The president and his new national-security team do not share this view. Before he joined the administration, Secretary of Defense Chuck Hagel served on a commission connected to Global Zero—an organization committed to eliminating all nuclear weapons by 2030, with the onus on the U.S. and Russia to make the fastest, deepest cuts. (The organization’s action plan makes no mention of China, Pakistan, North Korea or would-be nuclear power Iran.)

Moreover, Hagel appears to embrace a mushy moral relativism when it comes to nuclear weapons. “How can we preach to other countries that you can’t have nuclear weapons but we can and our allies can?” he once asked. Similarly, Secretary of State John Kerry intoned in 2004, “We’re telling other people you can’t have nuclear weapons but we’re pursuing a new nuclear weapon that we might even contemplate using.”

Of course, the obvious answer to this moral-equivalence confusion is that America is different than other countries—and has proven itself a much more responsible steward of these weapons than its enemies. It pays to recall that the United States is the only country that ever had a nuclear monopoly. And it pays to recall how Washington used that monopoly: with unmatched self-restraint.

Eleven days before the Bomb was dropped on Japan, President Harry Truman and America’s Pacific allies issued an ultimatum to Japan’s leaders warning of “prompt and utter destruction” and “inevitable and complete destruction.”Leaflets were dropped cautioning Japanese civilians, “We are in possession of the most destructive explosive ever devised by man. A single one of our newly developed atomic bombs is actually the equivalent in explosive power to what 2,000 of our giant B-29s can carry on a single mission. This awful fact is one for you to ponder and we solemnly assure you it is grimly accurate.”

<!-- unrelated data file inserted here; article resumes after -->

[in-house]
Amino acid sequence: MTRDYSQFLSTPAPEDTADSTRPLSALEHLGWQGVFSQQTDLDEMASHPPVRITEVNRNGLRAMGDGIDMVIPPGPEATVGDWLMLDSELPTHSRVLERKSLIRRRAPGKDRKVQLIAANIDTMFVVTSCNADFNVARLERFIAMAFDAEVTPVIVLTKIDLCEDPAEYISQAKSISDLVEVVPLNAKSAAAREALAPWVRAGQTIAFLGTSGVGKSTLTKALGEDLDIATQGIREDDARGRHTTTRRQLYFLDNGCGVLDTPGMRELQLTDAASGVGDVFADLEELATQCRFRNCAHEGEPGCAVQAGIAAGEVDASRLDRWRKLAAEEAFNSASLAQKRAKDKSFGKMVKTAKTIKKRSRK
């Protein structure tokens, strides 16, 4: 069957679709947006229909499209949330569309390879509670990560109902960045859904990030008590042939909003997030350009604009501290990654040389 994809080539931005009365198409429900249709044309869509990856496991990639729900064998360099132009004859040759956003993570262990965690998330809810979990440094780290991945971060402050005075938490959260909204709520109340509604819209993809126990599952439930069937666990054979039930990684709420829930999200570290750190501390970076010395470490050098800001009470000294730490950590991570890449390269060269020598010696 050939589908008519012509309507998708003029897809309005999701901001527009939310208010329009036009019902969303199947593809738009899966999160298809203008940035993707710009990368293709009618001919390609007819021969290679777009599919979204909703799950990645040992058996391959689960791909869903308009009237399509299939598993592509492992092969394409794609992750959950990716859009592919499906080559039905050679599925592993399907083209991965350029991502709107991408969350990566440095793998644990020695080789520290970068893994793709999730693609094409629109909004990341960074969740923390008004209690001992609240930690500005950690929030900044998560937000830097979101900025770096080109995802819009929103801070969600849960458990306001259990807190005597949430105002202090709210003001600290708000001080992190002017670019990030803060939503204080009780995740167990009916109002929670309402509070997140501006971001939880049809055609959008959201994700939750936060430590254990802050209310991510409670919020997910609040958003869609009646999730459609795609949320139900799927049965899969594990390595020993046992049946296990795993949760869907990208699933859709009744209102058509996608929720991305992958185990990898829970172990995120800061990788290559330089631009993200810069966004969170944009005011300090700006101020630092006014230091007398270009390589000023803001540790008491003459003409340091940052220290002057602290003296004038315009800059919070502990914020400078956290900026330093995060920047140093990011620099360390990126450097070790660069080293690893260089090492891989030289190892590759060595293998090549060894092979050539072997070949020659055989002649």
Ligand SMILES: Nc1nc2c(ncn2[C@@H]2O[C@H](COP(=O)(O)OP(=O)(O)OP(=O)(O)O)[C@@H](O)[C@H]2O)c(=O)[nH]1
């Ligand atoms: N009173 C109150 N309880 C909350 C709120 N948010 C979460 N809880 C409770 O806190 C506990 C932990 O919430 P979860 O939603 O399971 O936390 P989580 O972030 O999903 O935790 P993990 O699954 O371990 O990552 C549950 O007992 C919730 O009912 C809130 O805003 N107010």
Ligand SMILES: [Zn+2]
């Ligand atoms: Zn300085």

In the interval between Hiroshima and Nagasaki—an interval the United States offered in the hopes of persuading Tokyo to surrender—Truman warned the Japanese high command of “a rain of ruin from the air, the like of which has never been seen on this earth.”

After the war, the U.S. enjoyed a total nuclear monopoly for almost five years. And given that the Soviets possessed only a handful of atomic weapons until 1952—and no ICBM capability until 1957—the only thing really deterring America from using nukes to roll back the Red Army or erase the USSR in the first decade of the Cold War was America’s conscience. That was enough.

That helps explain why Western Europe, the Americas, Japan, Korea and Australia have, by and large, deferred to the United States for their nuclear protection for almost 70 years. They understand that when it comes to nuclear weapons, it’s not the weapon that matters so much as who’s holding it.

Like Kerry and Hagel—like anyone with a shred of humanity—Winston Churchill admitted that he was “appalled” by the destructive power of the Bomb. However, after decades of dealing with dictators, he warned, “sentiment must not cloud our vision.” And so he called on freedom-loving nations to pursue “defense through deterrents,” adding, “but for American nuclear superiority, Europe would already have been reduced to satellite status and the Iron Curtain would have reached the Atlantic and the Channel.”

Although he longed “to see the day when nuclear weapons will be banished from the face of the earth,” President Ronald Reagan heeded Churchill’s counsel and would not allow sentiment to confuse or cloud his vision. Indeed, Reagan’s vision of a world without nuclear weapons is very different from Obama’s.